DSLR and SLR cameras both reflect light that enters through the lens using a mirror so that an image can be seen in a viewfinder. However, an SLR camera uses a film made of plastic, gelatin and other material to record the image – a DSLR captures the image digitally, on a memory card, these are not all the differences, a DSLR camera depends on the quality of the sensor and some of them have a cropped sensor and others have a Full Frame sensor, the sensor acts as the element that records the image and the amount of Mega pixels can make a big difference on the captured image.
Required Materials and Processing
A DSLR requires a flat memory card to store all its images in digital format. This little card can store thousands of images, and the user is able to delete any unwanted images instantly to make space for more. The card is reusable and the image can be seen instantly on camera or a computer, and can be printed right away with an external printer.
An SLR requires a roll of film usually made of a plastic strip lined with thin layers of gelatin containing silver halide crystals, which react chemically to light to form a photographic image. This chemical reaction needs to take place in a photo lab and requires a few hours to print. The film is not reusable, and can hold only upto 36 photos.
Both DSLRs and SLRs allow the photographer to view and focus the image using the attached lens. The first DSLRs had poorer picture quality than film SLRs. Advances in digital technology, including the number of megapixels available, have almost completely erased this difference.
Shutter speed depends on the type of DSLR or SLR. Entry level SLRs typically have a speed of 1 to 1/1000th of a second; the Konica Autoreflex TC has a shutter speed of 1/8 to 1/1000. Most modern DSLRs have shutter speeds up to 1/4000th of a second, much as high end ones can have shutter speeds as high as 1/8000 and above.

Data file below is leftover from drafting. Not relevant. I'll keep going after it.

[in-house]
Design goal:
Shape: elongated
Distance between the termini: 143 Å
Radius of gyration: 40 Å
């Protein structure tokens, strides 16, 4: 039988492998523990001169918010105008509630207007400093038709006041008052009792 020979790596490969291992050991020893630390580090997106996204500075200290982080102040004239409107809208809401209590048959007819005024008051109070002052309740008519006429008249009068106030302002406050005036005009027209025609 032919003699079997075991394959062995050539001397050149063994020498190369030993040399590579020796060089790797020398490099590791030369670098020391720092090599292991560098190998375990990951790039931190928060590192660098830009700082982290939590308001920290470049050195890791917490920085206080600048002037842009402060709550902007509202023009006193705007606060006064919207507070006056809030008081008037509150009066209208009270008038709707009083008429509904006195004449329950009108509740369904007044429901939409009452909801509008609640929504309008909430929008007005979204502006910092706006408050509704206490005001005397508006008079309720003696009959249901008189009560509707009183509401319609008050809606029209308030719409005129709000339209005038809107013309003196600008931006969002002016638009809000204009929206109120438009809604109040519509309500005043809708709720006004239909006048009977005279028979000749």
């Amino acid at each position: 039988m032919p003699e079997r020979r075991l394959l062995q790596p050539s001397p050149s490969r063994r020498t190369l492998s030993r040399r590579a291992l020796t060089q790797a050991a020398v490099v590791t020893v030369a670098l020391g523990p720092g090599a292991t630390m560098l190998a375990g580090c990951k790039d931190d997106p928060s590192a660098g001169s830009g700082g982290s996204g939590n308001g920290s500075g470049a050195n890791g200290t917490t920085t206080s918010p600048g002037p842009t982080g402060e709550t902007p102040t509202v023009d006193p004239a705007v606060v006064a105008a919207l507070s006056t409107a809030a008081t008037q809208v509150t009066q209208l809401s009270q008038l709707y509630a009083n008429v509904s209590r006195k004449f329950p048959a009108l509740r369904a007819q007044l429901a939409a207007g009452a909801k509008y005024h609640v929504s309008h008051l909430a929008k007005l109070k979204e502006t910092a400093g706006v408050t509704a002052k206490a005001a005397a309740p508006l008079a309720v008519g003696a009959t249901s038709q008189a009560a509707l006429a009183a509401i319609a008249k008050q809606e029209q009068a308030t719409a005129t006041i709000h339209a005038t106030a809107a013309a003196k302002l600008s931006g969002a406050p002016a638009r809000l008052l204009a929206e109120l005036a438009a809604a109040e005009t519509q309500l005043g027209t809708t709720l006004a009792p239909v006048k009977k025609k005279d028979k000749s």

Both DSLR and SLR cameras use optical viewfinders to take pictures. DSLRs can also come with LCD viewfinders, like in point-and-shoot digital cameras, which is handy for situations when an optical viewfinder cannot be used, say underwater photography.
Both DSLR and SLR cameras are similar in that they have several settings that the photographer controls, and can be difficult for beginners to use. They also require maintenance in keeping the lens and sensor clean and dust-free. DSLRs are more beginner-friendly as they allow the photographer to preview the image or take multiple images without wasting film. They also typically come with some in-built settings for different scenarios, and the user can switch to the LCD viewfinder if they wish.
On Amazon.com, DSLR cameras range from about $500 to several thousand dollars, depending on the quality. There are far less film SLR cameras available, and the cost ranges from under $100 for a second-hand basic camera to around $1000. However, SLR cameras have the added cost of film rolls.
Other Pros and Cons
DSLRs allow photographers to store thousands of pictures on a memory card, while a roll of film in an SLR camera can only hold about 36 photographs. DSLRs also allow the photographer to preview the image after it has been taken, and make it easy to upload the photo to a computer to edit or print.
Why some photographers still choose film over digital
In an article for the BBC, analog photographer Stephen Dowling writes about why some photographers even in this day and age choose film over the more convenient digital photography option:
Some photographers may want to work with much larger formats (their digital equivalents can be very expensive), while others may prefer the look of film’s grain, or the less saturated colours of certain films. Some want to be in control of the entire process, from the taking of the pictures to developing their photos in a darkroom and slowly seeing prints emerge under the red light – an alchemical process that still, somehow, seems like magic.
To me is more of the nostalgia of doing photography the traditional way, as a SLR photographer it takes me more time to frame my image and produce better results, i have to get it right the first shot otherwise is just wasted film and that put an extra challenge to my photography skills, now a days light room can make magic things to under or over exposed photos however with film is the hand of the photographer and the choices he makes what make a big difference at the moment of shooting.
Yes, I have more respect for a SLR photographer than a DSLR one, the amount of things that can go wrong on SLR are several times more than in DSLR.